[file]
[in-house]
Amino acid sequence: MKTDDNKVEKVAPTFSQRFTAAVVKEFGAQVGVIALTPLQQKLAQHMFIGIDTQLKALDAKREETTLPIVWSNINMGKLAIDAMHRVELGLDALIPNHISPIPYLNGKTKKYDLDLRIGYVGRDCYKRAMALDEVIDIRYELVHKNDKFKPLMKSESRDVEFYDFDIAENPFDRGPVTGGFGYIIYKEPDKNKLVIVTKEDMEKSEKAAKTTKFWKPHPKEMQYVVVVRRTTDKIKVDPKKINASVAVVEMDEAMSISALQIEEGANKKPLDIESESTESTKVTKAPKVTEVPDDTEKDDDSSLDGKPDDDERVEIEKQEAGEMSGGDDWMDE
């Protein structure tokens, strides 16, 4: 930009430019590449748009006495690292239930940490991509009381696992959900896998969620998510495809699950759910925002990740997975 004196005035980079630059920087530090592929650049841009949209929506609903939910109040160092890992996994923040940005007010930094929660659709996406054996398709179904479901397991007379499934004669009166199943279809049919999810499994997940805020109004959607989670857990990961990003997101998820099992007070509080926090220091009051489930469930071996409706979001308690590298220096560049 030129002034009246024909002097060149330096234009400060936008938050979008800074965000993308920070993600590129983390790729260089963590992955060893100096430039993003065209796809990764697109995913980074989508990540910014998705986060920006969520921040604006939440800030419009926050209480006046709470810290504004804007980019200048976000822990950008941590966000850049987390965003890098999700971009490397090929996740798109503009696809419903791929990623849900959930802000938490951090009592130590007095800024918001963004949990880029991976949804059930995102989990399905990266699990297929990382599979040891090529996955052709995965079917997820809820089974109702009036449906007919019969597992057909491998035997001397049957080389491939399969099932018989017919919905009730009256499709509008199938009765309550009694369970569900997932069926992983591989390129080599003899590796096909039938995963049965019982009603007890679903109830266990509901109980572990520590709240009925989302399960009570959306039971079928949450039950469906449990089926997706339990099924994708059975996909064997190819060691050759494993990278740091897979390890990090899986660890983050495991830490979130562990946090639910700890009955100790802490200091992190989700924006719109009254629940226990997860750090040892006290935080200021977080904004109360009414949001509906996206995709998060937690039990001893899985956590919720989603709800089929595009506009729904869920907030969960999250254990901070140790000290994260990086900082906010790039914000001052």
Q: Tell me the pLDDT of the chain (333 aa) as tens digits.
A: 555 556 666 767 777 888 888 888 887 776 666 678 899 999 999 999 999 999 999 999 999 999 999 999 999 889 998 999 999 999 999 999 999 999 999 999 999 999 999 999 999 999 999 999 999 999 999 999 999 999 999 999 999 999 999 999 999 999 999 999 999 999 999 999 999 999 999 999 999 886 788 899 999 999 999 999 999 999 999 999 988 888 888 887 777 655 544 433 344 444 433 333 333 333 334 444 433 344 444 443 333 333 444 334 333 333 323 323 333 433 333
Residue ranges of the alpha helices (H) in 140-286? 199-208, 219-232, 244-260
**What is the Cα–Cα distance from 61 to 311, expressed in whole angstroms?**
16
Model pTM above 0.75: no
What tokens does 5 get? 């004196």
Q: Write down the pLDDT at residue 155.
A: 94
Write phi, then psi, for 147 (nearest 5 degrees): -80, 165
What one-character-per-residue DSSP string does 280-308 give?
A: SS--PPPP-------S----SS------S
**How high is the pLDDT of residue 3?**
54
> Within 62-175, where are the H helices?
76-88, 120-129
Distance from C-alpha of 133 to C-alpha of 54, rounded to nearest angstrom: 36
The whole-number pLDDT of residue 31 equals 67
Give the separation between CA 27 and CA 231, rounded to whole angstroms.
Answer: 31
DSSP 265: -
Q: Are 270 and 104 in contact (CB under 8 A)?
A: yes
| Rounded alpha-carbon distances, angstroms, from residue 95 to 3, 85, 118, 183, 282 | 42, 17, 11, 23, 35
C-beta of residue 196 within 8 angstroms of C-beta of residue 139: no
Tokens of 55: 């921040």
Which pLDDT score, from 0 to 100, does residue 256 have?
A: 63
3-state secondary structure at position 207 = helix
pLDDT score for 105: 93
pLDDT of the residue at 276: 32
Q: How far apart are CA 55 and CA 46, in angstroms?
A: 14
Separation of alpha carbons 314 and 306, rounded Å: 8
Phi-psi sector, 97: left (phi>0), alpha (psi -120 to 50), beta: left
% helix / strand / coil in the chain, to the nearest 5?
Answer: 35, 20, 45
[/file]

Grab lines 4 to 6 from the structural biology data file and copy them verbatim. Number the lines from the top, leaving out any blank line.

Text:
Q: Tell me the pLDDT of the chain (333 aa) as tens digits.
A: 555 556 666 767 777 888 888 888 887 776 666 678 899 999 999 999 999 999 999 999 999 999 999 999 999 889 998 999 999 999 999 999 999 999 999 999 999 999 999 999 999 999 999 999 999 999 999 999 999 999 999 999 999 999 999 999 999 999 999 999 999 999 999 999 999 999 999 999 999 886 788 899 999 999 999 999 999 999 999 999 988 888 888 887 777 655 544 433 344 444 433 333 333 333 334 444 433 344 444 443 333 333 444 334 333 333 323 323 333 433 333
Residue ranges of the alpha helices (H) in 140-286? 199-208, 219-232, 244-260